The Irrationality of Racism
The Secret Life of Bees demonstrates the irrationality of racism by not only portraying black and white characters with dignity and humanity but by also demonstrating how Lily struggles with—and ultimately overcomes—her own racism. Kidd moves beyond stereotypes to portray whites and blacks with the multifaceted personalities that we find in real life. Lily is not a racist in the same way that the group of men that harass Rosaleen are racist, but she does evidence some prejudice and stereotypes at the start of the novel. She assumes that all African Americans are like Rosaleen, an uneducated laborer-turned-housekeeper. Lily imagines that all African Americans are likewise coarse and uneducated. But when Lily encounters unique, educated, thoughtful August Boatwright, she must change her assumptions and combat her prejudice. At first, Lily feels shocked that a black person could be as smart, sensitive, and creative as August. Recognizing and combating her shock allows Lily to realize the truth about the arbitrariness and irrationality of racism. Like Lily, June must also learn to overcome racial stereotypes. As individuals, humans can display a complex array of personality traits and characteristics, regardless of skin color or ethnicity.
Later, when she begins to develop romantic feelings for Zach, Lily once again encounters her own subtle prejudice. Zach is a charming, handsome, African American young man. As a child in Sylvan, Lily learned racism from other schoolchildren: she was taught that black boys could not possibly be handsome, because the features of their faces were so different from those of white boys. When she realizes that this is not the case with Zach, she feels self-righteous, as if she has discovered something that the ignorant kids at her old school had missed. But she also realizes that her thought processes had been irrational and racist. As if to combat these tendencies, Lily naively ignores the social problems that her love for Zach might cause, even as Zach realizes that they probably can never be together in the racist South of that time. For different reasons, both Lily and Zach understand that racism, while irrational, has actual harmful effects. Nevertheless, both will work together to combat the irrationality of racism through feelings and deeds.
The Power of Female Community
Motherless Lily finds at the Boatwright house several surrogate mothers and learns the power of female community. At the beginning of The Secret Life of Bees, Lily longs for her mother and cherishes the few possessions Deborah left behind. She demonstrates an awareness of her femininity and laments that she has missed out on certain female lessons because her mother is dead. For example, she clings to a pair of white gloves that used to belong to Deborah. But although Lily lacks a mother, she does have female companionship. Rosaleen has raised Lily, and Lily looks to Rosaleen for love and support. Rosaleen’s arrest serves as a catalyst for Lily’s journey toward a much larger and more fulfilling female community: the one she finds at the Boatwright house. There, Lily sees how strong women support, tend to, comfort, encourage, and love one another by witnessing the bonds between the Daughters of Mary. Through their examples, and by being included in their group, Lily begins to feel empowered as a woman.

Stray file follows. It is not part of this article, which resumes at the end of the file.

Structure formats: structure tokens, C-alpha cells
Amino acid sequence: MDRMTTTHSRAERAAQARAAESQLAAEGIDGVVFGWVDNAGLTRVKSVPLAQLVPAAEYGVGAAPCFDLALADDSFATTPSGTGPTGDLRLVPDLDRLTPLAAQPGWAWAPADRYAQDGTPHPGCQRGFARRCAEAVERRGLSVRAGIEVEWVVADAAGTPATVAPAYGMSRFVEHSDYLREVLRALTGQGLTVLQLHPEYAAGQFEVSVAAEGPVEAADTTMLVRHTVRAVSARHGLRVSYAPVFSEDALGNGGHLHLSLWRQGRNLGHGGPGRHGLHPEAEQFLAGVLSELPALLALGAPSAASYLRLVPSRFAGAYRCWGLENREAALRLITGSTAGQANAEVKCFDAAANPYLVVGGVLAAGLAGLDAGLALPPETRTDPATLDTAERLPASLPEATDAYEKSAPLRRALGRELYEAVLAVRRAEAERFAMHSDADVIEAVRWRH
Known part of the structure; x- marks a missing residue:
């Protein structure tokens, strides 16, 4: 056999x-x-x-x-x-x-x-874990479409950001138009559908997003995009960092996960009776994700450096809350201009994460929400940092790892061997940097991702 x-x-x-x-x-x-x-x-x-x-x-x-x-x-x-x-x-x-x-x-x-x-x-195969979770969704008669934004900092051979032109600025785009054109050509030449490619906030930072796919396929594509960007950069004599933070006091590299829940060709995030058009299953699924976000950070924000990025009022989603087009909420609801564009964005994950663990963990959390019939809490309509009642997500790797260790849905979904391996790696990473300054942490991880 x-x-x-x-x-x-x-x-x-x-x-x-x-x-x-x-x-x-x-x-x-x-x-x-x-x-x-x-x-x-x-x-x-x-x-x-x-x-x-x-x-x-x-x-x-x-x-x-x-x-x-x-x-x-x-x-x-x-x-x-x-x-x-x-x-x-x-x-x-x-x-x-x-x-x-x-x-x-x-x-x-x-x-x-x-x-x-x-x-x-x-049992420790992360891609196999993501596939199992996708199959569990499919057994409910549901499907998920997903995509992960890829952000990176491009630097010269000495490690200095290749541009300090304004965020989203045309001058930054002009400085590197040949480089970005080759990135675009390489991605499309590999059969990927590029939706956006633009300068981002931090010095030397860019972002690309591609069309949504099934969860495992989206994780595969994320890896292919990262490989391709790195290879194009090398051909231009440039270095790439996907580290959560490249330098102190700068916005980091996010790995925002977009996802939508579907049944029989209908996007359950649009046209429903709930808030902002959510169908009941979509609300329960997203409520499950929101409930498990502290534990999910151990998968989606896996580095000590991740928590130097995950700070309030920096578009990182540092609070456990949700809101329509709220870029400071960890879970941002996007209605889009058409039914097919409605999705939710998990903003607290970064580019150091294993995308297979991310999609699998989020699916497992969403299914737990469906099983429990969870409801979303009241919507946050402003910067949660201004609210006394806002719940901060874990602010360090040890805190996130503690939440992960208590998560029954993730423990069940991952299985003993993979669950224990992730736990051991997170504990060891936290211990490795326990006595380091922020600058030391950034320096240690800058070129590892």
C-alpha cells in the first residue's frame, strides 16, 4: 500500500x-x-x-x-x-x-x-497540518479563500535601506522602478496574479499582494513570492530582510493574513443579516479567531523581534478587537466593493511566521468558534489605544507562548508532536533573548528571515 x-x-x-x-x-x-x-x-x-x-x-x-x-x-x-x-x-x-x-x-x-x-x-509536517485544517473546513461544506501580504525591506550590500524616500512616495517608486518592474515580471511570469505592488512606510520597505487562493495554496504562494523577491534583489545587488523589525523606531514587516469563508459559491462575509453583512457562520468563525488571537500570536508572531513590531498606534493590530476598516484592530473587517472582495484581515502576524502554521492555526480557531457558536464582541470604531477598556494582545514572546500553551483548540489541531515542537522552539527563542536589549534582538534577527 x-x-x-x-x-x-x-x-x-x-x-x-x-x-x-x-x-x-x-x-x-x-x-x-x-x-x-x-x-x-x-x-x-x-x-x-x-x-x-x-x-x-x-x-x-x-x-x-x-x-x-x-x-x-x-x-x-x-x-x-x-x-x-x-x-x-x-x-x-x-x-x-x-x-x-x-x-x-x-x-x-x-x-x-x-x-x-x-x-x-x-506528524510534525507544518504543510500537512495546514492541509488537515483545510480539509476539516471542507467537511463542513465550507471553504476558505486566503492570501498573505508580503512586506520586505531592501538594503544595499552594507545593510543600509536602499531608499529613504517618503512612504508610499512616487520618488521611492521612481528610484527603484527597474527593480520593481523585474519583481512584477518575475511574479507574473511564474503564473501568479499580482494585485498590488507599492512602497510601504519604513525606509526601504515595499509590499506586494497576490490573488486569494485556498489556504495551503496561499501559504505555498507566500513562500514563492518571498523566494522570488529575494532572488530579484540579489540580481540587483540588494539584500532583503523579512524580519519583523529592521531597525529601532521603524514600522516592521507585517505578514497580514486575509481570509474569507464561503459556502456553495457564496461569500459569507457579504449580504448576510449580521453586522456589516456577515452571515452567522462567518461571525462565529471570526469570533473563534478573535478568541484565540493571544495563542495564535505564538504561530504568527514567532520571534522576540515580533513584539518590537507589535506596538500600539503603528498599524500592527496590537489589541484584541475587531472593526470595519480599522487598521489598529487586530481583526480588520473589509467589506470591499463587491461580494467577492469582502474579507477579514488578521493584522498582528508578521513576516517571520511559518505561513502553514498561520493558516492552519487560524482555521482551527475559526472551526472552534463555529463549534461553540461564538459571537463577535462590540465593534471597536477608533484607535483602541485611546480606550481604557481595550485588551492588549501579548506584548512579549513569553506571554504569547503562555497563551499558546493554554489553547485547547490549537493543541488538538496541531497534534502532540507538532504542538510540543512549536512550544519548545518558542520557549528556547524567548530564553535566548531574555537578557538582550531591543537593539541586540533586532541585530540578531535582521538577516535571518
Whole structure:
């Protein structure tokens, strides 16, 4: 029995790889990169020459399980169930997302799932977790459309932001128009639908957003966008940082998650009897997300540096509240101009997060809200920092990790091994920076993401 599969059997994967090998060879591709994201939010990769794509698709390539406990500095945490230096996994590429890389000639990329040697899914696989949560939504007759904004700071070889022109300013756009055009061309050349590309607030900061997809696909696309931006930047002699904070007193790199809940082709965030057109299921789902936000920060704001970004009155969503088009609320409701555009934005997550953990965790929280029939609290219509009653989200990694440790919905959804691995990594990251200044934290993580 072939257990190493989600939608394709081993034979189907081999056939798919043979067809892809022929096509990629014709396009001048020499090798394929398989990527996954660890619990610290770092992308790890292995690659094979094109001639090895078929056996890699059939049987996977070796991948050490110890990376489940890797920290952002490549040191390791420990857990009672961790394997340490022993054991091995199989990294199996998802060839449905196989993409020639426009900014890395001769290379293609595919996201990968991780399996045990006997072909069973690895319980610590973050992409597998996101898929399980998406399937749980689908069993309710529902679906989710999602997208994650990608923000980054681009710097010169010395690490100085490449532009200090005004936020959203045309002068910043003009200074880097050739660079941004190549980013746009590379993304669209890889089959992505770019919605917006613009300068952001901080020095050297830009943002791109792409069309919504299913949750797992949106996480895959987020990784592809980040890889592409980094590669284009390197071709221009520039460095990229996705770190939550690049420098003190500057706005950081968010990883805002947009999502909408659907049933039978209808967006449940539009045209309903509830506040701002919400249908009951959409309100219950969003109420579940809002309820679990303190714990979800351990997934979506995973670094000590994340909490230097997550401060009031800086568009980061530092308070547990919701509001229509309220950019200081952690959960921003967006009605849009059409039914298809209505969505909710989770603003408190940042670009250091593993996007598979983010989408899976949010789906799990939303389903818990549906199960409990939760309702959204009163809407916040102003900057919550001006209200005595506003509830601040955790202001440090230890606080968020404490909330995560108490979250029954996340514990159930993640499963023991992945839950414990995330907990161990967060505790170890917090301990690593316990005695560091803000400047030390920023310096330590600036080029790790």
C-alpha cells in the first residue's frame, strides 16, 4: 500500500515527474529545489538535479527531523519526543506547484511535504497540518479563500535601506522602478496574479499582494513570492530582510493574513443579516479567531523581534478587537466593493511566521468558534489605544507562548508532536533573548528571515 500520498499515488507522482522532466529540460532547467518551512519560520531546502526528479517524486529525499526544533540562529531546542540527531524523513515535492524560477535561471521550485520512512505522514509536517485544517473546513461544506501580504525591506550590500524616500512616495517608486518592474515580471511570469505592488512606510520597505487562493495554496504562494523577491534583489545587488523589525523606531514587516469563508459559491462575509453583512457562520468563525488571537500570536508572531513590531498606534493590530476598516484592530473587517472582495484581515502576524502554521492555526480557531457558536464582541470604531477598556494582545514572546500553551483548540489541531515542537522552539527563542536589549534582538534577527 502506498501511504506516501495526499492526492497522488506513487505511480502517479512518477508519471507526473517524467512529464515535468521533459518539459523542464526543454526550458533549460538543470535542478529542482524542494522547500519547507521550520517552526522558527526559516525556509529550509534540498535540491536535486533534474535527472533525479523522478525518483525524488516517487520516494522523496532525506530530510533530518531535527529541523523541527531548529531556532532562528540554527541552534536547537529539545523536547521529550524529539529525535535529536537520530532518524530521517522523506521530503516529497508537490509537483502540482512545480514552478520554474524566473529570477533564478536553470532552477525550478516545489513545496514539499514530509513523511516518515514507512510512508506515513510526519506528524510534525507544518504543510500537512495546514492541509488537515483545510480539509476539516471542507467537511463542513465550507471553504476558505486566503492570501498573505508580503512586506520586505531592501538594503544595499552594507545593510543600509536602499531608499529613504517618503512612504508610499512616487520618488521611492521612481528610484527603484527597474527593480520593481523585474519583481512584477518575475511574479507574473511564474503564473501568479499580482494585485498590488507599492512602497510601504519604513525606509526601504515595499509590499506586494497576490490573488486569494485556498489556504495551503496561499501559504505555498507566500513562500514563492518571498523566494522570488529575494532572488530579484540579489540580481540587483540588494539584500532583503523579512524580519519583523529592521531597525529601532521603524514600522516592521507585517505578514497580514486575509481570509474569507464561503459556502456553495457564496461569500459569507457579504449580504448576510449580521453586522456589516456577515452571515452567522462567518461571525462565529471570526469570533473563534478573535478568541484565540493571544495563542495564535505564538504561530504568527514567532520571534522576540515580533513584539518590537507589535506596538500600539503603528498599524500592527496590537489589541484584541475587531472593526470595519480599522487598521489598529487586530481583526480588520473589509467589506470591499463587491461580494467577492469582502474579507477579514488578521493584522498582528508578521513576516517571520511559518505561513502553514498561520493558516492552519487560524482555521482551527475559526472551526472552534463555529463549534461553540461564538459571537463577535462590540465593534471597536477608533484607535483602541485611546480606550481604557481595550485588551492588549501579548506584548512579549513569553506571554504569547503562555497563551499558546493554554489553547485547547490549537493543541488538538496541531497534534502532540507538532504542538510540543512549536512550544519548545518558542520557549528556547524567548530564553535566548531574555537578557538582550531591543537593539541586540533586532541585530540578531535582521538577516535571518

The Importance of Storytelling
Lily loves to read, and she recognizes the importance of storytelling as a way to escape or transcend one’s circumstances. Early in the novel, Lily recounts two memories relating to reading: in one, T. Ray makes fun of her for reading, calling her “Julius Shakespeare.” In another, a teacher praises Lily for being so intelligent and lends her books. Lily recalls books that have meant something to her during times of stress, as when she compares herself to Thoreau’s experiences at Walden Pond on her way to Tiburon. She rightly recognizes that books allow readers to escape into a fantasy world, and she makes up stories about why she and Rosaleen have come to Tiburon. More abstractly, Lily’s adventure with Rosaleen echoes Mark Twain’s novel The Adventures of Huckleberry Finn: like Huck, Lily sneaks off with an African American friend into nature and to unknown worlds. Lily longs to someday become a writer, and, to this end, Zach gives Lily a notebook in which she can record her thoughts and stories. August tells Lily stories to help her learn to love and trust. Through books and stories, Lily sees the possibilities for her own life.